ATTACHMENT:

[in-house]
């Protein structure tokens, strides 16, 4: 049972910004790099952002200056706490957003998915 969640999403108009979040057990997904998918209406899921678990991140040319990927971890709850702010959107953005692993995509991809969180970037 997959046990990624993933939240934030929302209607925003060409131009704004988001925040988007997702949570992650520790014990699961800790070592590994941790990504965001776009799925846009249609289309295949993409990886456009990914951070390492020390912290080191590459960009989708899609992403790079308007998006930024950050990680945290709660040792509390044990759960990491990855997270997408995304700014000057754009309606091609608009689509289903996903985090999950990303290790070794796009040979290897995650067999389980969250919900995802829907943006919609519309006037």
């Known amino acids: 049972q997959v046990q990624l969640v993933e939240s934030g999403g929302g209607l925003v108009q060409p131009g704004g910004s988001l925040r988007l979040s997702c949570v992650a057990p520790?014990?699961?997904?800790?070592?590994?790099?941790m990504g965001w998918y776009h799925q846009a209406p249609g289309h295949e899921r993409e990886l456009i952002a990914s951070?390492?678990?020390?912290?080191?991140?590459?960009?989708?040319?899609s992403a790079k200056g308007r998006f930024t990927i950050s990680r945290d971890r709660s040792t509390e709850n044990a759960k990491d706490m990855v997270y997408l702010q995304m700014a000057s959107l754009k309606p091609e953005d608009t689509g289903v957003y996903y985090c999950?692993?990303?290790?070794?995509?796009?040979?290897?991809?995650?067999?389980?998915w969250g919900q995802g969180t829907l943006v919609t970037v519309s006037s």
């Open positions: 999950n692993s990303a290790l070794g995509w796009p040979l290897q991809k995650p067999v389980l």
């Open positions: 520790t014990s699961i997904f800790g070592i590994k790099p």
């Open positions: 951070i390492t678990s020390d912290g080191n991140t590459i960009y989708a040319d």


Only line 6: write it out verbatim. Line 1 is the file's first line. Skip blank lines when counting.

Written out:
């Open positions: 951070i390492t678990s020390d912290g080191n991140t590459i960009y989708a040319d």